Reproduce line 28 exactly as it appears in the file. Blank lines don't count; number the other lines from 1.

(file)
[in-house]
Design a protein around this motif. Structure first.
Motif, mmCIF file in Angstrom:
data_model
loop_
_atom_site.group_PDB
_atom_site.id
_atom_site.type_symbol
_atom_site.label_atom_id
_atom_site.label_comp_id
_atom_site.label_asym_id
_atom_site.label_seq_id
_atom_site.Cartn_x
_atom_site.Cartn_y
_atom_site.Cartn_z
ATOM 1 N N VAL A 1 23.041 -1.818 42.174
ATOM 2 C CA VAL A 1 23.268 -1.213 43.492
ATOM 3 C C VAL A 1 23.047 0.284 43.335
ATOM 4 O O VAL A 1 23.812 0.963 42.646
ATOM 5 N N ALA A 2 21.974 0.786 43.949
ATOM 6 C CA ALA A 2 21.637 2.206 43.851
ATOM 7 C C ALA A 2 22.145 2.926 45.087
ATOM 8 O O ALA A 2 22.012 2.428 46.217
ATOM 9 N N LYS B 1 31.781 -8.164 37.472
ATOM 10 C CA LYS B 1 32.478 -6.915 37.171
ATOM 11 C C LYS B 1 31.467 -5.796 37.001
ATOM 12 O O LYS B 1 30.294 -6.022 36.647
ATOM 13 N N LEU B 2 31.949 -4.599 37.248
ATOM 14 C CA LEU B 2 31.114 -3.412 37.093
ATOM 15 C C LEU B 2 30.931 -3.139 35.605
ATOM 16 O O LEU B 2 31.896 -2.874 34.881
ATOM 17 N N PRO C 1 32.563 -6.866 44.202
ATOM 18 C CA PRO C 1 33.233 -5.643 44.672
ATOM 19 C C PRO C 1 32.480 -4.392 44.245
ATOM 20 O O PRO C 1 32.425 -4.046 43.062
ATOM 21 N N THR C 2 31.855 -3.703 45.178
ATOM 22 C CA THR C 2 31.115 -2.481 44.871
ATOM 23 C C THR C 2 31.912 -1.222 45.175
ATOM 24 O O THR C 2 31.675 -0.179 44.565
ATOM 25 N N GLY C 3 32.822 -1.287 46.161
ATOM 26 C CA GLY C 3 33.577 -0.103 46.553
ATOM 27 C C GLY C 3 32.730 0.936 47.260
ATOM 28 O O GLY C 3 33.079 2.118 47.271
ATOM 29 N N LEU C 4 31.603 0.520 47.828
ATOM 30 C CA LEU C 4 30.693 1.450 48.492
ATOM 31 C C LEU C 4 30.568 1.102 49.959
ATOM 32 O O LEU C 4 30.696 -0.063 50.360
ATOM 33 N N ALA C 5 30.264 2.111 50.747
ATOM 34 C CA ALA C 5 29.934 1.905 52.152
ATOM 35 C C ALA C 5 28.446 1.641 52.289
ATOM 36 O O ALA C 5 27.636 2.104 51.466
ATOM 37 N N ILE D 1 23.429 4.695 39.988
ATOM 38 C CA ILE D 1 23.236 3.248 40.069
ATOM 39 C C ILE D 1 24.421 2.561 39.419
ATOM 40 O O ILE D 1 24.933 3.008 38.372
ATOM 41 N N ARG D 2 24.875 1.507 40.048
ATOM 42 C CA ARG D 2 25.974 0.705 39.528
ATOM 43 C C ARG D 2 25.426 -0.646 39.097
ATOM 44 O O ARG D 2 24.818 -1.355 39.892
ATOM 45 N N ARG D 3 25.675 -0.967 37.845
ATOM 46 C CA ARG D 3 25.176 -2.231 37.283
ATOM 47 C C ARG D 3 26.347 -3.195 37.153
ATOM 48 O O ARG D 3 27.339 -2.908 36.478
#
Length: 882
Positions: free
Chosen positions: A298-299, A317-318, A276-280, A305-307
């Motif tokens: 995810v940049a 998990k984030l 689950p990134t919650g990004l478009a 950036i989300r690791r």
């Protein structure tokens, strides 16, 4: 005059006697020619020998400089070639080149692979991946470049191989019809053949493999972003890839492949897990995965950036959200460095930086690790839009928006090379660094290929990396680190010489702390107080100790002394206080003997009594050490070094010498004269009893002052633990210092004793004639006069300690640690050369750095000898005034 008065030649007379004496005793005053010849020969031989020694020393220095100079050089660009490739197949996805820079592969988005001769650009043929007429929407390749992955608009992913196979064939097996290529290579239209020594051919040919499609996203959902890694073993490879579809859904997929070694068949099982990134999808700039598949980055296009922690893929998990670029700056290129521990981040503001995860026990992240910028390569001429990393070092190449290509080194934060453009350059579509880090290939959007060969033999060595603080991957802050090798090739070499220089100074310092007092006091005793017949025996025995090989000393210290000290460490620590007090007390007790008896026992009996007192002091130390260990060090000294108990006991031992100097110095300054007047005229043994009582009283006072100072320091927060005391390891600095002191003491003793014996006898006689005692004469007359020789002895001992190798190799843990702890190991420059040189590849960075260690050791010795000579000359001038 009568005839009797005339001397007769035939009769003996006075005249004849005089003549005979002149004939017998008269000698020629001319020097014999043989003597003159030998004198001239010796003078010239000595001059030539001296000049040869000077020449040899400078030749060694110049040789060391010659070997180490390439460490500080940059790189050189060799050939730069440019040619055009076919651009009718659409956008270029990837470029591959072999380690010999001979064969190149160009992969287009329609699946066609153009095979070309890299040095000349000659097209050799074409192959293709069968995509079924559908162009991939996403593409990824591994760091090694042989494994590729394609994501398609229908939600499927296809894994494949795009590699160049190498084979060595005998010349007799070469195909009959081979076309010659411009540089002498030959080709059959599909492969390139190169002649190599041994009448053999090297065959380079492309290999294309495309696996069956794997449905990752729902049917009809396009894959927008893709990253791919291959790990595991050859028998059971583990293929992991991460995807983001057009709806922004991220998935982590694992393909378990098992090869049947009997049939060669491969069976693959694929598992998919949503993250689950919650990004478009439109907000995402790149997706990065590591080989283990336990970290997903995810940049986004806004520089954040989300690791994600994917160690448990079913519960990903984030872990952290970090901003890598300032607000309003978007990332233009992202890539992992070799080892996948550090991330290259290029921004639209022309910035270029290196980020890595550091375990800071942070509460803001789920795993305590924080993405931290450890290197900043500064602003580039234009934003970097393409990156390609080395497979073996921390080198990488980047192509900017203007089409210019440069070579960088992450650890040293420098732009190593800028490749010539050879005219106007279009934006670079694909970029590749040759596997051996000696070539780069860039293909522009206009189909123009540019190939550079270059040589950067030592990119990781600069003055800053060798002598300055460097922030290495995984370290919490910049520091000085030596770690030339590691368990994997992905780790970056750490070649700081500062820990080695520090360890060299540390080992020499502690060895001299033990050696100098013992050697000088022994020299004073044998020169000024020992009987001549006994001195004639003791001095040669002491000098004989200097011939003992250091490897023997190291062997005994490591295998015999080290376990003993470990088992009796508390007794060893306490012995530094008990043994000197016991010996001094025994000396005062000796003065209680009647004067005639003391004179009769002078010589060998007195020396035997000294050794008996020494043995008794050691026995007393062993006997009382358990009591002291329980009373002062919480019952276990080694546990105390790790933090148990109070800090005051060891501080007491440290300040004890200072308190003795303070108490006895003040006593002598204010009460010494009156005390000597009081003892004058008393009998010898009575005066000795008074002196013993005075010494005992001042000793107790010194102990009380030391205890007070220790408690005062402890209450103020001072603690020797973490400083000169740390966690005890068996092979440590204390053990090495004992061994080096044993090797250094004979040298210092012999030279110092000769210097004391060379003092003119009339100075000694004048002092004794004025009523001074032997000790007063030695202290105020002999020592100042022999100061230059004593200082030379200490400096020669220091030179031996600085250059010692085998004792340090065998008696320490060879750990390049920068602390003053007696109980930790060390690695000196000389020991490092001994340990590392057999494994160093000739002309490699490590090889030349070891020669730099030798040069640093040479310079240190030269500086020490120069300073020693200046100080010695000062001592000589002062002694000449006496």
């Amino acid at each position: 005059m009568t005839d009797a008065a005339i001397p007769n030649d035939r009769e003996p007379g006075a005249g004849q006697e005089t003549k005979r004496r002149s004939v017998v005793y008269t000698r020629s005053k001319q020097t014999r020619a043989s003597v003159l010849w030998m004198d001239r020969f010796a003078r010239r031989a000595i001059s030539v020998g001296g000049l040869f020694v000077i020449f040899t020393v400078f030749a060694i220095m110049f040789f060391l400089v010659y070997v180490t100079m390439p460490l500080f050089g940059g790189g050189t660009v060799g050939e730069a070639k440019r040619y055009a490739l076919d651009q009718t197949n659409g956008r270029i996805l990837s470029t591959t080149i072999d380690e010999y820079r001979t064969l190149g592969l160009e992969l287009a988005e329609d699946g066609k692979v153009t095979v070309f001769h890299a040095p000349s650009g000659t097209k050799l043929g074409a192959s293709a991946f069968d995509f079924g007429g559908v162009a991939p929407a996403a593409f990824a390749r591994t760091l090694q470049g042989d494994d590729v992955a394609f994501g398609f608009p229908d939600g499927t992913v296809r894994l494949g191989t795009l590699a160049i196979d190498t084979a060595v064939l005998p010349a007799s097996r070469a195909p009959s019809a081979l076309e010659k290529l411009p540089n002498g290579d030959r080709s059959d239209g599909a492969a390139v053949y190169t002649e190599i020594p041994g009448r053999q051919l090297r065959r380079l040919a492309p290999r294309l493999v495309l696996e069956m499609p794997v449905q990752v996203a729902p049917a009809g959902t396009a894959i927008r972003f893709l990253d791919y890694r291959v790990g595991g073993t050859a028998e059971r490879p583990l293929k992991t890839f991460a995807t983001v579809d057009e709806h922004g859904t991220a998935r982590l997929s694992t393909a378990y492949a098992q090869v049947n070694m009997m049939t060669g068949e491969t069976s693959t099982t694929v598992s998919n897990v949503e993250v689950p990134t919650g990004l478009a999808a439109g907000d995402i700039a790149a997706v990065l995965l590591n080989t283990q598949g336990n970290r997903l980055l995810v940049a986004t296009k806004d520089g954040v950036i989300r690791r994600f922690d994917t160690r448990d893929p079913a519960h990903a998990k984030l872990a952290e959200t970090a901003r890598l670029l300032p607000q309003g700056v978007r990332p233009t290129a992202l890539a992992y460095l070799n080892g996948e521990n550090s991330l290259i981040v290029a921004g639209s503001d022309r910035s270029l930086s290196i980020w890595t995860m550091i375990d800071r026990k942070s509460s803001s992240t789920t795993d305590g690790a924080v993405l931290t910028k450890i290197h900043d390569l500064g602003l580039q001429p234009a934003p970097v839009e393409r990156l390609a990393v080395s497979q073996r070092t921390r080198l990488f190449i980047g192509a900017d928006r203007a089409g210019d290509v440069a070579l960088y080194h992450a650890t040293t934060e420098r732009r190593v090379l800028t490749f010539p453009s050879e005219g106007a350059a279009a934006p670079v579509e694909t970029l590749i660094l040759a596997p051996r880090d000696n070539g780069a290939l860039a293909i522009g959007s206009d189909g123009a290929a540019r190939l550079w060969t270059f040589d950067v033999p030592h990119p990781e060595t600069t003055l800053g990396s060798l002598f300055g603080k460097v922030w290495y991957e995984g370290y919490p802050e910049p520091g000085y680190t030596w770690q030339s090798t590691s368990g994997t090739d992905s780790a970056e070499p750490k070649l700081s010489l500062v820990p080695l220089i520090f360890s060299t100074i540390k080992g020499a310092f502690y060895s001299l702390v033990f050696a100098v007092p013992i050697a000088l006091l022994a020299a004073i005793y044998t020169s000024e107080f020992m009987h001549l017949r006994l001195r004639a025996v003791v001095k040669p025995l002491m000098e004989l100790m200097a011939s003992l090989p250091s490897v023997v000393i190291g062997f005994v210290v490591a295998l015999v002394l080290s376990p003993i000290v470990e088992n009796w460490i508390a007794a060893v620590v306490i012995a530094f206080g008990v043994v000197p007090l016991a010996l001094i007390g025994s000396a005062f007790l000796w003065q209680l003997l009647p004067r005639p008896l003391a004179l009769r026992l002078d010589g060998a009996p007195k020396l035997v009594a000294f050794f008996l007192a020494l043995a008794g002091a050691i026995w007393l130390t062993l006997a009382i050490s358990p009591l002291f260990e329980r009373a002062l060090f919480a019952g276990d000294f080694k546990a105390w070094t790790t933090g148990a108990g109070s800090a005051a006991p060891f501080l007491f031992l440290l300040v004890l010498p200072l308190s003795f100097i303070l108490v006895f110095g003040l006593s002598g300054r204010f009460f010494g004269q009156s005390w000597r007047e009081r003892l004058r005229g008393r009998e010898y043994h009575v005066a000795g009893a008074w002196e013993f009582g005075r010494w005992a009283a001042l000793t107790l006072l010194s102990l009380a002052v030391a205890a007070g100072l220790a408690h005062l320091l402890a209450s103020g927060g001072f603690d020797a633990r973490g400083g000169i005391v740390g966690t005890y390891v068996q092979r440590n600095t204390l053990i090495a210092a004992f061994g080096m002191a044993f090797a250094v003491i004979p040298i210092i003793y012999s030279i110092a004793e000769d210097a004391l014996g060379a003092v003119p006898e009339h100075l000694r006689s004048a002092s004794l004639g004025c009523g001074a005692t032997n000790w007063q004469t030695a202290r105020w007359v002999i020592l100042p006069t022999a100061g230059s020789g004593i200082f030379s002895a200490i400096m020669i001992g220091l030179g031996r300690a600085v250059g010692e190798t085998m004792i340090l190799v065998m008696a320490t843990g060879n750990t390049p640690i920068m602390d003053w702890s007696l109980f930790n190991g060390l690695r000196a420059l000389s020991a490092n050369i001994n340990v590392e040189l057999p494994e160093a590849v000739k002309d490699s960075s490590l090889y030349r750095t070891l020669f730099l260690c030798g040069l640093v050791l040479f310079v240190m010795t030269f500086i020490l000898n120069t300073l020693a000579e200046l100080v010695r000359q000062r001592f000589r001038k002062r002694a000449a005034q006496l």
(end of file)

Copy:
ATOM 13 N N LEU B 2 31.949 -4.599 37.248